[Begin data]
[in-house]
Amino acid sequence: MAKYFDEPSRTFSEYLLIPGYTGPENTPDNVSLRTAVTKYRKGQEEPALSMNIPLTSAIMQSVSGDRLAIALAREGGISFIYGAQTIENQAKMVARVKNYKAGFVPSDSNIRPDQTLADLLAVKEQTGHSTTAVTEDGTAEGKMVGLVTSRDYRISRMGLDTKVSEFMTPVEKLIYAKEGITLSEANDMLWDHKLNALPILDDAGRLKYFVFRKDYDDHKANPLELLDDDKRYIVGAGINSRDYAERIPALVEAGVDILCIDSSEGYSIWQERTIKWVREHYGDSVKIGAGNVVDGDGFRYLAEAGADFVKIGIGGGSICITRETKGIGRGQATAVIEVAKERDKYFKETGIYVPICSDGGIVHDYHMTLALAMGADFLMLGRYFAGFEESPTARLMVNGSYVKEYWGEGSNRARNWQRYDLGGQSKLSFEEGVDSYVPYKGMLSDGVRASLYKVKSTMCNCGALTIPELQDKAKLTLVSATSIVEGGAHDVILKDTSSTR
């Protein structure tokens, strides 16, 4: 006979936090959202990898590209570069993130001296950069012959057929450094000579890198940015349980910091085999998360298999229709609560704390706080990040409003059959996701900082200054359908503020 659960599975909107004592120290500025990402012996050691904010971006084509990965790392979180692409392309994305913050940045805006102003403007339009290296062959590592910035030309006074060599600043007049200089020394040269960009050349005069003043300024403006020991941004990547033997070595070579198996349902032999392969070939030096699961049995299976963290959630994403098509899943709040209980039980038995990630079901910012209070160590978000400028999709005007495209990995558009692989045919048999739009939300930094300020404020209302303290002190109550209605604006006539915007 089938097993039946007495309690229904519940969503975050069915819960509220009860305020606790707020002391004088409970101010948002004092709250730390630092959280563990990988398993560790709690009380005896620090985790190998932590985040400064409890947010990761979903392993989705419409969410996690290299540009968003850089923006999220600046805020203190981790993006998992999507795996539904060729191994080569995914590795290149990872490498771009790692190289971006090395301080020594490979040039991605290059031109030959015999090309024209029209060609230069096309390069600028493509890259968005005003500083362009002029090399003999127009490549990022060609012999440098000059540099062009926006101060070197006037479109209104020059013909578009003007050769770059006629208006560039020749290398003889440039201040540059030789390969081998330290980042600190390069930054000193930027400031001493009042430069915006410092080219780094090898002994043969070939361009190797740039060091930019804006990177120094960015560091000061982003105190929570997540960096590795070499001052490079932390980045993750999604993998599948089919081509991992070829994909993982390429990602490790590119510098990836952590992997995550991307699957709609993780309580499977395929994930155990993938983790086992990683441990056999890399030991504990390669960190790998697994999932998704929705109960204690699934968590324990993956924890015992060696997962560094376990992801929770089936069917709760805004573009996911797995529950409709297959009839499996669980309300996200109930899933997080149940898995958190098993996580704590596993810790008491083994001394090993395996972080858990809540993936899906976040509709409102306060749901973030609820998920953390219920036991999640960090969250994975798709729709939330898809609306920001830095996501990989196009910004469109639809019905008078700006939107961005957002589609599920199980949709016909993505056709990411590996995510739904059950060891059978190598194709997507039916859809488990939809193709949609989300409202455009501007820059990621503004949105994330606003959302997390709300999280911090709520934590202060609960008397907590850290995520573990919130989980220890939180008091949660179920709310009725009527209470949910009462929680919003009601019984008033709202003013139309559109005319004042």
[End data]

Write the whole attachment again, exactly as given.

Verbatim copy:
[in-house]
Amino acid sequence: MAKYFDEPSRTFSEYLLIPGYTGPENTPDNVSLRTAVTKYRKGQEEPALSMNIPLTSAIMQSVSGDRLAIALAREGGISFIYGAQTIENQAKMVARVKNYKAGFVPSDSNIRPDQTLADLLAVKEQTGHSTTAVTEDGTAEGKMVGLVTSRDYRISRMGLDTKVSEFMTPVEKLIYAKEGITLSEANDMLWDHKLNALPILDDAGRLKYFVFRKDYDDHKANPLELLDDDKRYIVGAGINSRDYAERIPALVEAGVDILCIDSSEGYSIWQERTIKWVREHYGDSVKIGAGNVVDGDGFRYLAEAGADFVKIGIGGGSICITRETKGIGRGQATAVIEVAKERDKYFKETGIYVPICSDGGIVHDYHMTLALAMGADFLMLGRYFAGFEESPTARLMVNGSYVKEYWGEGSNRARNWQRYDLGGQSKLSFEEGVDSYVPYKGMLSDGVRASLYKVKSTMCNCGALTIPELQDKAKLTLVSATSIVEGGAHDVILKDTSSTR
């Protein structure tokens, strides 16, 4: 006979936090959202990898590209570069993130001296950069012959057929450094000579890198940015349980910091085999998360298999229709609560704390706080990040409003059959996701900082200054359908503020 659960599975909107004592120290500025990402012996050691904010971006084509990965790392979180692409392309994305913050940045805006102003403007339009290296062959590592910035030309006074060599600043007049200089020394040269960009050349005069003043300024403006020991941004990547033997070595070579198996349902032999392969070939030096699961049995299976963290959630994403098509899943709040209980039980038995990630079901910012209070160590978000400028999709005007495209990995558009692989045919048999739009939300930094300020404020209302303290002190109550209605604006006539915007 089938097993039946007495309690229904519940969503975050069915819960509220009860305020606790707020002391004088409970101010948002004092709250730390630092959280563990990988398993560790709690009380005896620090985790190998932590985040400064409890947010990761979903392993989705419409969410996690290299540009968003850089923006999220600046805020203190981790993006998992999507795996539904060729191994080569995914590795290149990872490498771009790692190289971006090395301080020594490979040039991605290059031109030959015999090309024209029209060609230069096309390069600028493509890259968005005003500083362009002029090399003999127009490549990022060609012999440098000059540099062009926006101060070197006037479109209104020059013909578009003007050769770059006629208006560039020749290398003889440039201040540059030789390969081998330290980042600190390069930054000193930027400031001493009042430069915006410092080219780094090898002994043969070939361009190797740039060091930019804006990177120094960015560091000061982003105190929570997540960096590795070499001052490079932390980045993750999604993998599948089919081509991992070829994909993982390429990602490790590119510098990836952590992997995550991307699957709609993780309580499977395929994930155990993938983790086992990683441990056999890399030991504990390669960190790998697994999932998704929705109960204690699934968590324990993956924890015992060696997962560094376990992801929770089936069917709760805004573009996911797995529950409709297959009839499996669980309300996200109930899933997080149940898995958190098993996580704590596993810790008491083994001394090993395996972080858990809540993936899906976040509709409102306060749901973030609820998920953390219920036991999640960090969250994975798709729709939330898809609306920001830095996501990989196009910004469109639809019905008078700006939107961005957002589609599920199980949709016909993505056709990411590996995510739904059950060891059978190598194709997507039916859809488990939809193709949609989300409202455009501007820059990621503004949105994330606003959302997390709300999280911090709520934590202060609960008397907590850290995520573990919130989980220890939180008091949660179920709310009725009527209470949910009462929680919003009601019984008033709202003013139309559109005319004042």